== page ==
The COVID-19 (coronavirus) outbreak has brought the country to a near standstill. While California has managed to control the spread of the virus better than many other states, the impact of COVID-19 is still devastating. The California Department of Public Health reports that nearly 25,000 cases have already been confirmed as of April 15th.
The virus is putting extreme pressure on our medical system, especially our state’s healthcare workers—a workforce that is disproportionately made up of immigrants. One in three healthcare employees in California is foreign born. Many others are the children of immigrants. Recently, the federal government announced emergency measures to boost our immigrant physician workforce.
Emergency Visa Processing for Medical Professionals
In just a few short weeks, the coronavirus outbreak has disrupted much of normal life—including some core government functions. As an example, USCIS temporarily suspended many of its services, including citizenship ceremonies and routine visa processing. The decision, criticized by some as ill-prepared, had some immediate unintended consequences: many essential medical professionals were suddenly unable to get their visas processed.
With an already overburdened healthcare system—and one that is highly reliant on the contributions of immigrant labor—this created some serious problems. On April 8th, the United States Department of State released an official Update on Visas for Medical Professionals. At the urging of the American Medical Association (AMA) and immigrant advocacy groups, the federal government resumed visa processing for many medical professionals. This is an important step: It will allow many international medical graduates to enter and remain in the country to help support the fight against the COVID-19 pandemic. Many immigrant medical professionals and medical graduates are on the frontlines of the fight and we owe them a debt of gratitude.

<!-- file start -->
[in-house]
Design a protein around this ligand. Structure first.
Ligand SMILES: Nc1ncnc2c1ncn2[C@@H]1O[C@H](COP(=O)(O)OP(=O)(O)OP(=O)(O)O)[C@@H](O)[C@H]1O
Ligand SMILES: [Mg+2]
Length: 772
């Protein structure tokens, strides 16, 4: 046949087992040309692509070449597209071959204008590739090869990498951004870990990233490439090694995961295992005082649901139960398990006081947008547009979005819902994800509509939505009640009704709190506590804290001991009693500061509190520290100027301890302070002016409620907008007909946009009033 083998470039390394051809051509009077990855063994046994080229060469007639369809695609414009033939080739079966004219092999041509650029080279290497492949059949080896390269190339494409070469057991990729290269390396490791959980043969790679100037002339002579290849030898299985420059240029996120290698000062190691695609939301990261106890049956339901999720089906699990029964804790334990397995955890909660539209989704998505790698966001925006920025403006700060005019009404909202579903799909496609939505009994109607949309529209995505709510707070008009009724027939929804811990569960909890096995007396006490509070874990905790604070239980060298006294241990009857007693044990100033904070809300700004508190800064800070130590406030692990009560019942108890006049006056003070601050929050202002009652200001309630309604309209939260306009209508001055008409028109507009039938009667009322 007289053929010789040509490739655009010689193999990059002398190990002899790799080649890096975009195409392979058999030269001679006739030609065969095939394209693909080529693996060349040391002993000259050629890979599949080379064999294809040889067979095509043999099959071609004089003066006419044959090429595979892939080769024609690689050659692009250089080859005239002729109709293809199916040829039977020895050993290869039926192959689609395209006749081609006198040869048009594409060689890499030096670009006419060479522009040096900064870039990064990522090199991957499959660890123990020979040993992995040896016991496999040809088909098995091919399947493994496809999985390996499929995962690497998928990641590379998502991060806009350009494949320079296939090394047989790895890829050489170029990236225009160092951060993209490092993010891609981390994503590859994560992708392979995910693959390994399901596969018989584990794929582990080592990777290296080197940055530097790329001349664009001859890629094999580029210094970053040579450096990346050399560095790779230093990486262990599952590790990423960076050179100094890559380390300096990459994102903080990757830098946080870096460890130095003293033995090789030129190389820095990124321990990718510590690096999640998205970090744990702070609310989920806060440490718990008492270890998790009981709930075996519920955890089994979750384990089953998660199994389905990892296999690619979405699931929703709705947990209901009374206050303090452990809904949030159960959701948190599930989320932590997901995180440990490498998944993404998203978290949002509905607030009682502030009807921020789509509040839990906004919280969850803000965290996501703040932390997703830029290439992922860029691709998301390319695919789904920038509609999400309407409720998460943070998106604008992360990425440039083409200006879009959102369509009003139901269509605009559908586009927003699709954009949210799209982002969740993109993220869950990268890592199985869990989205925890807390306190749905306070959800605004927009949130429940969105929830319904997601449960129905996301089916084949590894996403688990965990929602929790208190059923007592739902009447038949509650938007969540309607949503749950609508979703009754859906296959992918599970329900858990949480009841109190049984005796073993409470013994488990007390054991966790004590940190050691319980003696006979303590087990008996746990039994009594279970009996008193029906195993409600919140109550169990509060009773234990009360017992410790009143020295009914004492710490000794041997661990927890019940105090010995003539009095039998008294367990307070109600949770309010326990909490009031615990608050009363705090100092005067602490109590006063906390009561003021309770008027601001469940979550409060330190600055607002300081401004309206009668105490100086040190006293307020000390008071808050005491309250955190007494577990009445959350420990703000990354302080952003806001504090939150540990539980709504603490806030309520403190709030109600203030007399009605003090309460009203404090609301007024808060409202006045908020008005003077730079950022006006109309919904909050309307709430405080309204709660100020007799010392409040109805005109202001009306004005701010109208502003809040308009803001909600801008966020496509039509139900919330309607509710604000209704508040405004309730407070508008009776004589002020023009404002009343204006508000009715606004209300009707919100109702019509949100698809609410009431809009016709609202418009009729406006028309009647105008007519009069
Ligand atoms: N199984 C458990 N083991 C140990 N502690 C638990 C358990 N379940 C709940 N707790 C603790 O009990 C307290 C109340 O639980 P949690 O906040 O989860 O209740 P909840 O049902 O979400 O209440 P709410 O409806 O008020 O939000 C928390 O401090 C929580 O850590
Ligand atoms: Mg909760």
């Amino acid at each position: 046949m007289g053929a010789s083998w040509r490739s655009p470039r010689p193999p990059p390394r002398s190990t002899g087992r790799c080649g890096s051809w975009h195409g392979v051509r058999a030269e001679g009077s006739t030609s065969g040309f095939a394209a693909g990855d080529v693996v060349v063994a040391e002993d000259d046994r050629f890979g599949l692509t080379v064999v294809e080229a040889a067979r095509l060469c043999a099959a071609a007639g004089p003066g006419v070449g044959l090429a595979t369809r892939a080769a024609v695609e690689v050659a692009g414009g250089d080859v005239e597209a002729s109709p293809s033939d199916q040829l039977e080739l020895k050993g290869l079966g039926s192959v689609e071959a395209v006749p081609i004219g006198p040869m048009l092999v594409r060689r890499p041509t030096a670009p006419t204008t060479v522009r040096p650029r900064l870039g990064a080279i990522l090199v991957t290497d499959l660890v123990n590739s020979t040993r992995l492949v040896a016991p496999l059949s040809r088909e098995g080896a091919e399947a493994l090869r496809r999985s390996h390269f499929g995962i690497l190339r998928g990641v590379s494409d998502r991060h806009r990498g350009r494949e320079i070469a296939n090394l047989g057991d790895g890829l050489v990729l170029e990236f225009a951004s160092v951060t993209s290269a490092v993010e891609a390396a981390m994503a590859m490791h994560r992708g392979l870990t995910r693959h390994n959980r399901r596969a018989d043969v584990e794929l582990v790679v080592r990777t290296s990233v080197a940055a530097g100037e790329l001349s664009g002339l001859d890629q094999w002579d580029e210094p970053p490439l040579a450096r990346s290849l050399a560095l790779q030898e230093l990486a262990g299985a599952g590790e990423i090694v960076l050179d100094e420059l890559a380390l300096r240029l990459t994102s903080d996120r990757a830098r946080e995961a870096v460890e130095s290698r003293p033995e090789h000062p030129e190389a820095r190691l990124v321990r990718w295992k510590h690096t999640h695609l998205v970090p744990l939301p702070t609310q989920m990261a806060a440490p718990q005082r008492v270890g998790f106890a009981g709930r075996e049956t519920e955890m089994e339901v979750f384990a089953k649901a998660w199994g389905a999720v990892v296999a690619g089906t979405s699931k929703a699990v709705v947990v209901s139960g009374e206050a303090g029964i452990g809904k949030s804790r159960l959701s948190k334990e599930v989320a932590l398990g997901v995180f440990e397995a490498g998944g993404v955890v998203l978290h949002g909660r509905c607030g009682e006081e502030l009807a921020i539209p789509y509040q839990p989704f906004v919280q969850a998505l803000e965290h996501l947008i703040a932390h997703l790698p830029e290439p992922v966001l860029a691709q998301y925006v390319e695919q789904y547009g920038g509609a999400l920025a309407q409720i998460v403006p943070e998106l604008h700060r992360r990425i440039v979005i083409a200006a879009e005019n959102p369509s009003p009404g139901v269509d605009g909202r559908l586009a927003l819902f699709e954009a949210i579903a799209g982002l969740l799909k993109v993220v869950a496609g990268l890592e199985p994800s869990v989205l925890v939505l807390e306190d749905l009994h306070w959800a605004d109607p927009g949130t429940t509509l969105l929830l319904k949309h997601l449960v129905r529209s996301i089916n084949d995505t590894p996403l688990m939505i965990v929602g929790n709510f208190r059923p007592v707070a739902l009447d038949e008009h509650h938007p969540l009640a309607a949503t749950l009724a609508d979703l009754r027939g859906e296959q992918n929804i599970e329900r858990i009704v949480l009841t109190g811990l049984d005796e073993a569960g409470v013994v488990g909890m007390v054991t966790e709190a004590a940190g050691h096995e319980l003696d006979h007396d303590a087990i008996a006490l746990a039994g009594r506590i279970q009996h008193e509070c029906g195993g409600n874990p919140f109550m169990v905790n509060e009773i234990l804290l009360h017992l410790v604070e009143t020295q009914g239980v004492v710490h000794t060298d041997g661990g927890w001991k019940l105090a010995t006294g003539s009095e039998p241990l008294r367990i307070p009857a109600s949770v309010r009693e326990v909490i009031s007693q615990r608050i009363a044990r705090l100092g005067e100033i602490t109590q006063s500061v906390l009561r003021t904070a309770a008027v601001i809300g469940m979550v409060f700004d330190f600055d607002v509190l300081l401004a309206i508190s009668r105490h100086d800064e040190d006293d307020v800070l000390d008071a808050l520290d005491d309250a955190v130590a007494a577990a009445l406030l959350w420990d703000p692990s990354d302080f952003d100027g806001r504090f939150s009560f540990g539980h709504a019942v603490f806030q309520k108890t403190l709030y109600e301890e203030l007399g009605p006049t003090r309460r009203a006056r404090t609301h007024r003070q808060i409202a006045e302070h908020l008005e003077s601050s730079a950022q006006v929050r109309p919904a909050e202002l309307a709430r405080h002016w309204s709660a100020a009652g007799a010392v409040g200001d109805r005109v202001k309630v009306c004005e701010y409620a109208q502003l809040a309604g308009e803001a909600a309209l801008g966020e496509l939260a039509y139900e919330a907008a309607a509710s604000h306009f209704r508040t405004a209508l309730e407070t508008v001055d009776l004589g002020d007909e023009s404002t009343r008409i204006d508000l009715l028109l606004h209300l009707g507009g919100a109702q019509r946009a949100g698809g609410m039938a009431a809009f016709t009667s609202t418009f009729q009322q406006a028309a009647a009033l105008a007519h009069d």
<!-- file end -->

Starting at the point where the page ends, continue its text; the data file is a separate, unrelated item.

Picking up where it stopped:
Challenges Remain—But Options are Available
While the Department of State’s updated guidance allows for renewed processing of medical professional visas, there are still expected to be some issues within the system. For example, the agency notes that the conditions on the ground and local regulations may mean that some embassies or consulates are not fully operational. Further, there may be some issues with travel restrictions.
As noted by United States Citizenship and Immigration Services (USCIS), any immigrant medical graduate who needs to extend their stay or adjust their status should submit an application as soon as possible. For medical graduates already residing in the United States (J-1 Physicians), they are recommended to consult with their program’s educational advisors. J-1 visa holders should be eligible to extend their stay to provide medical care.
Call Our California Medical Professional Visa Attorney for Immediate Help
At the Law Office of Joshua L. Goldstein, PC, our California immigration lawyers provide reliable, solutions-focused advocacy for clients. We have experience assisting international students and medical school students. If you have questions about your rights or our options, please call us now for a completely confidential case evaluation. With an office in Los Angeles, we handle medical professional visa issues throughout Southern California. Call (213) 262-2000.